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FILE -- Daniel Hernandez, the rapper and Instagram star known as Tekashi69 as well as 6ix9ine, during sentencing in state Supreme Court in Manhattan, Oct. 26, 2018. Hernandez was sentenced to two years in prison on Wednesday, Dec. 18, 2019, by a federal judge who gave him credit for helping prosecutors send several of his former gang associates in the Nine Trey Gangsta Bloods to prison. (Jefferson Siegel/The New York Times) Image Credit: NYT

Rapper and Instagram star Tekashi69 was sentenced to two years in prison Wednesday by a federal judge who gave him credit for pleading guilty and helping prosecutors send several of his former gang associates in the Nine Trey Gangsta Bloods to prison.

The performer, who is also known as 6ix9ine and whose legal name is Daniel Hernandez, has already spent nearly 13 months in a federal jail and that time will count toward his sentence. Federal prosecutors in Manhattan had described his cooperation against members of the Nine Trey Gangsta Bloods as “extraordinary” and “extremely useful.”

But the judge, Paul A Engelmayer, said the conduct Hernandez admitted to was too serious to justify his immediate release from custody, which his lawyer had sought.

“Your conduct was too violent, too sustained, too destructive, too selfish and too reckless with respect to public safety to make a sentence of 13 months at all reasonable,” the judge said, listing the litany of shootings and robberies that Hernandez, 23, had admitted to being a part of.

Hernandez - his signature rainbow-hair-dye long grown out - seemed attentive and engaged across the nearly three-hour hearing. He nodded as the judge spoke and he offered an emotional apology to a woman who spoke about being shot during one of his crimes.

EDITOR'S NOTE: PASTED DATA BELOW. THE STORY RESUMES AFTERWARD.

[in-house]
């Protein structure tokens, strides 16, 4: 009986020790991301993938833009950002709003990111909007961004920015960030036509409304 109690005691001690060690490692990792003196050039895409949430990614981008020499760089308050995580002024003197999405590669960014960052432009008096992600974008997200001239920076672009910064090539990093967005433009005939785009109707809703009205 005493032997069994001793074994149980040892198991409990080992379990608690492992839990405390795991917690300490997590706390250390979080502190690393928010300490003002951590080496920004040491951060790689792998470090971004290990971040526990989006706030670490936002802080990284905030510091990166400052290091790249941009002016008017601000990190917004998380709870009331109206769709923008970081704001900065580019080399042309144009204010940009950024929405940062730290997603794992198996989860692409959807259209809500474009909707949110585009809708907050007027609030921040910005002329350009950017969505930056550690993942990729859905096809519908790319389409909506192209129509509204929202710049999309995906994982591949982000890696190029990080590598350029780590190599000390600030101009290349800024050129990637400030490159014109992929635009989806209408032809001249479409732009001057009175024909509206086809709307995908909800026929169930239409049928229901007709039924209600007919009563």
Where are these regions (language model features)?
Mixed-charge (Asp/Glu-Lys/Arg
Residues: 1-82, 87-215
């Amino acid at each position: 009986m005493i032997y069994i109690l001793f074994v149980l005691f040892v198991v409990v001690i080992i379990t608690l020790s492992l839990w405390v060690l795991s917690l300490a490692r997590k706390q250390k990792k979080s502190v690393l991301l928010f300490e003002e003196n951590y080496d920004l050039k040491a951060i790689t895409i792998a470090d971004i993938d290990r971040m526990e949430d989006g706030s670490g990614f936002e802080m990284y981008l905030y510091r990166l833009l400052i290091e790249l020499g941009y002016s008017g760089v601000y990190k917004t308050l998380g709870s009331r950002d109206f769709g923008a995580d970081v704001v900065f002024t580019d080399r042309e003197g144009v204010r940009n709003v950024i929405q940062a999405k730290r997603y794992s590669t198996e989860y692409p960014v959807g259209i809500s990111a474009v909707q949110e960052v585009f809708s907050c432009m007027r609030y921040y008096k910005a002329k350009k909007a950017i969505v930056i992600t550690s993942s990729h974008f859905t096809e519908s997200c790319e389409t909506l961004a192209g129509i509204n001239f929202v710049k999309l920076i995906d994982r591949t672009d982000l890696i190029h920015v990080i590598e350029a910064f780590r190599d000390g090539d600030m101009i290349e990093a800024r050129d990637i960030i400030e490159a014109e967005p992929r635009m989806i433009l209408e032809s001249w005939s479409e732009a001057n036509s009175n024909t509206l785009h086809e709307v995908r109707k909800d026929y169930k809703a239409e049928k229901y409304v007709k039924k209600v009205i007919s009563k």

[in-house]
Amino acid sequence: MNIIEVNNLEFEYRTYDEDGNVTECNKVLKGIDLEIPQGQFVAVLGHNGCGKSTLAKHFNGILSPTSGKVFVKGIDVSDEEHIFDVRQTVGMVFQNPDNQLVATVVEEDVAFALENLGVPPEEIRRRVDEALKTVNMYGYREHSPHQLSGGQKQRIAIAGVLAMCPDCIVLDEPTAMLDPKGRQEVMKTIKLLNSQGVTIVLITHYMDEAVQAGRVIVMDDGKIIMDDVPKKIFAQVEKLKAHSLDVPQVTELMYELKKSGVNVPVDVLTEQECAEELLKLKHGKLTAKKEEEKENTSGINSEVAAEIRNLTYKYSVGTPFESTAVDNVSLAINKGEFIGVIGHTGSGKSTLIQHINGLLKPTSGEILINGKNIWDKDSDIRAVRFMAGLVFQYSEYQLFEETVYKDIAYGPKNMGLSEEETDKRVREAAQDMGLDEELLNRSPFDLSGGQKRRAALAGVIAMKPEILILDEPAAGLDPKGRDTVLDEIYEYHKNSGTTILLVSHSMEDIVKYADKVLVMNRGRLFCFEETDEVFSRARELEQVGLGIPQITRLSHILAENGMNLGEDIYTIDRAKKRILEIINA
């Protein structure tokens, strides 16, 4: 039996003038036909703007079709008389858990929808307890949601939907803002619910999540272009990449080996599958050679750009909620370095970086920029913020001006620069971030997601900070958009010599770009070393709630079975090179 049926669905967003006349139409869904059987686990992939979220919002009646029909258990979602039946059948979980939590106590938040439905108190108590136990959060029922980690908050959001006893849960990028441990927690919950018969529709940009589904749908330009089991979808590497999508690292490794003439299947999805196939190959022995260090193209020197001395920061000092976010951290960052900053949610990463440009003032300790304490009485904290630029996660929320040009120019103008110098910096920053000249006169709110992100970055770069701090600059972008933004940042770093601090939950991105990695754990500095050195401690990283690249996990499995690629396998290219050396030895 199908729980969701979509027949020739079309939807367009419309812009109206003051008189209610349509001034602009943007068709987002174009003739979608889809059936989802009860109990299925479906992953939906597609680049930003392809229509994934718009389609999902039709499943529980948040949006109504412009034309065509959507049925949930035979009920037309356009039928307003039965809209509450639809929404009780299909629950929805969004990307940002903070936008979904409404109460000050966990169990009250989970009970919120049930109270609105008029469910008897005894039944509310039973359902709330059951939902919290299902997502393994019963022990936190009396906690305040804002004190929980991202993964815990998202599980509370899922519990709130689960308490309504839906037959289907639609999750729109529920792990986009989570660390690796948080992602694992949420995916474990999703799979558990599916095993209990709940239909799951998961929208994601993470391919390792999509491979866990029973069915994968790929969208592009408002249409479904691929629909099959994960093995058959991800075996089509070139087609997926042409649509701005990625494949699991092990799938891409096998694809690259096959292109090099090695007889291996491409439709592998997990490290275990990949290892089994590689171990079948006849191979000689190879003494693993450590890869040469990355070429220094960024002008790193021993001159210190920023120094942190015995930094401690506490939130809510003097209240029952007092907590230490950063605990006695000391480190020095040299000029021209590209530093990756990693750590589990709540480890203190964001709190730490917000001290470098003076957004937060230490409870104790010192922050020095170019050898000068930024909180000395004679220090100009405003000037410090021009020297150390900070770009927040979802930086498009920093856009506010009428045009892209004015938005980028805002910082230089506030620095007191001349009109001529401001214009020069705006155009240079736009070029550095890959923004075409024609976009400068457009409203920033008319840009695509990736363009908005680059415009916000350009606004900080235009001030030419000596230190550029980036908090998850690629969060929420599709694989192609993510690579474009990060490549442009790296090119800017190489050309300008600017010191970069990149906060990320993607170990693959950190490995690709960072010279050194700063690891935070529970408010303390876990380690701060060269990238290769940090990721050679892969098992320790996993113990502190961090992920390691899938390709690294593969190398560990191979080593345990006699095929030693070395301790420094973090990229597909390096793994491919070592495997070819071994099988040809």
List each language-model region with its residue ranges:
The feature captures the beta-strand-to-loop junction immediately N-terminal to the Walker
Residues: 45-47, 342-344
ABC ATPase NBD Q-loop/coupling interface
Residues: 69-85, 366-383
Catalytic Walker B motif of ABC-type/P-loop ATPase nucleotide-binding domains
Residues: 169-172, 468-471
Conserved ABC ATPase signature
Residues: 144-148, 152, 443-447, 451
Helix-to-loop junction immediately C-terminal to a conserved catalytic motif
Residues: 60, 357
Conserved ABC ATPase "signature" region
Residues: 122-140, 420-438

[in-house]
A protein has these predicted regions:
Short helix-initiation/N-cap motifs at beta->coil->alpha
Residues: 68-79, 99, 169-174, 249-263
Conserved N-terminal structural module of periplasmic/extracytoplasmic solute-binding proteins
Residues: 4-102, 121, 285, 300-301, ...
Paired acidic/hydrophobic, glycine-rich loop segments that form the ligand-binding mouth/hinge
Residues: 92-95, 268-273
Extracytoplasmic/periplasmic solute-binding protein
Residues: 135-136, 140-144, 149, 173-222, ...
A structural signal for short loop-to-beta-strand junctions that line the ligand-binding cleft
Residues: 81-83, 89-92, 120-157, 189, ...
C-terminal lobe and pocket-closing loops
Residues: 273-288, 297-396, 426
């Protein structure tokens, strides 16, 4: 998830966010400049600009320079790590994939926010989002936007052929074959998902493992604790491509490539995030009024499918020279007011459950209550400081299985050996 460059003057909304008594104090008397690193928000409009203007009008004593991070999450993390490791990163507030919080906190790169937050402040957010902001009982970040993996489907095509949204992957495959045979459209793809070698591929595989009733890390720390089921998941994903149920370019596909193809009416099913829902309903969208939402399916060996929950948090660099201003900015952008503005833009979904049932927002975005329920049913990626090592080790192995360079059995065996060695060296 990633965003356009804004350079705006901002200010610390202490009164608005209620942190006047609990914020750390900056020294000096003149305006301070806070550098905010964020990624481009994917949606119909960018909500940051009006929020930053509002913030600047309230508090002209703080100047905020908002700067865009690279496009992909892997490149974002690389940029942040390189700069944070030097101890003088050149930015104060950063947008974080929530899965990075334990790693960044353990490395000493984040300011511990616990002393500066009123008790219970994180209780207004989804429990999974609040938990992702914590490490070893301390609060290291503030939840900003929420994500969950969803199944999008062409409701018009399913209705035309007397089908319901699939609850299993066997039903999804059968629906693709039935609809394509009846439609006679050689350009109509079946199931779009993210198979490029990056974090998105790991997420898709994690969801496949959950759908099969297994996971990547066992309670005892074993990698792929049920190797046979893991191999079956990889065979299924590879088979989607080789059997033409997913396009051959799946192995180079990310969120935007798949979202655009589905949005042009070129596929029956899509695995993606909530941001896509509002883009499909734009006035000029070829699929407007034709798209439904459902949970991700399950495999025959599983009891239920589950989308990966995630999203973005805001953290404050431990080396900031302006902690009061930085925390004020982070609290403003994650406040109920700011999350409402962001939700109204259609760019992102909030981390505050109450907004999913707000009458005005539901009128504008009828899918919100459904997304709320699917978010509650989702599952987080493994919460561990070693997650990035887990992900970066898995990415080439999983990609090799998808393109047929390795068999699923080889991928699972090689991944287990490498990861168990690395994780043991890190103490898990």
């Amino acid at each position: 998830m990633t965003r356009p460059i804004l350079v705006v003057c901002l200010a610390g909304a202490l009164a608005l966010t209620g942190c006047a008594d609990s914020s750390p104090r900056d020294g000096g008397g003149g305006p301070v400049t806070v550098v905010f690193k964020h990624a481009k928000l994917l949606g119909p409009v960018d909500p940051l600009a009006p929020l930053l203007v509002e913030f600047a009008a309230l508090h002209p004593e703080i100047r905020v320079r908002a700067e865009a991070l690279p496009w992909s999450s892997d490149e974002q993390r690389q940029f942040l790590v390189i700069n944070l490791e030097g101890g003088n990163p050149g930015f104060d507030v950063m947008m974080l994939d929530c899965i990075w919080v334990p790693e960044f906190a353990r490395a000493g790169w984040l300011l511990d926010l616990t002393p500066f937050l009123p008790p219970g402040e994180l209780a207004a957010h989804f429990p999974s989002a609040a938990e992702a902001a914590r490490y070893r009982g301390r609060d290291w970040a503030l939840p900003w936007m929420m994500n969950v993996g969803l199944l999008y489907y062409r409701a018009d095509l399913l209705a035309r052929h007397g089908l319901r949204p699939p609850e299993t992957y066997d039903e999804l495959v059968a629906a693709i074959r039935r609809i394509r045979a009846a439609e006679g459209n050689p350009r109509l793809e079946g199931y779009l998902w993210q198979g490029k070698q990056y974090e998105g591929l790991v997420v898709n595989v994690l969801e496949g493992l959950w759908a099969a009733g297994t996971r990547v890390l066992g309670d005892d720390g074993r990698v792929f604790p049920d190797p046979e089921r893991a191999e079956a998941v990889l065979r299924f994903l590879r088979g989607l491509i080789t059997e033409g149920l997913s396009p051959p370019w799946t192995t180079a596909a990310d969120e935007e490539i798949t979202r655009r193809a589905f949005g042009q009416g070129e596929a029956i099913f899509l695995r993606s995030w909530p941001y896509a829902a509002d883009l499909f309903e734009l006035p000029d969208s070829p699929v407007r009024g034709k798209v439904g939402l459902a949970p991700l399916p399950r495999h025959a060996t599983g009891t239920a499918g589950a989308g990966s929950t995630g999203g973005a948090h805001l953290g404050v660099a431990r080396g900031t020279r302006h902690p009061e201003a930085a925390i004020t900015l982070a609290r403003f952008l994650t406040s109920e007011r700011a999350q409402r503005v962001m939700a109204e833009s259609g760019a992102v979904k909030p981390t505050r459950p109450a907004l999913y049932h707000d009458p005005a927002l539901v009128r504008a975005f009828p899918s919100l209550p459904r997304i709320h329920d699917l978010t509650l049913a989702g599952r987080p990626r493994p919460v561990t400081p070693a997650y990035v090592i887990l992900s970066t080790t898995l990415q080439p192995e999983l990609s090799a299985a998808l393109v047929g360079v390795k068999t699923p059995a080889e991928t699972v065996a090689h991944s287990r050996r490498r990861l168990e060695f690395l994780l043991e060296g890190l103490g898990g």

“I know I was wrong,” he said through tears. “I was weak. I was easily influenced. I can’t believe that was me. Again, your honor, there is no apology good enough.”

The sentence was a significant departure from the 37 years Hernandez faced, which the judge attributed to the rapper’s cooperation with government prosecutors.

Hernandez faces an uncertain future. Prosecutors have told the judge that his cooperation against the Nine Trey gang came at great risk to him and his family.

“Certain things people take for granted - going into a store, going to the movies, things of that nature - Mr. Hernandez will have to think strategically about,” Michael D. Longyear, a prosecutor, said in court Wednesday. “He’ll have to look over his shoulder.”

Hernandez has signaled that upon his release, he is not interested in the federal witness protection program, telling the court that he intends to keep performing and making music. In December, he signed a $10 million record deal, which the judge pointed to in court.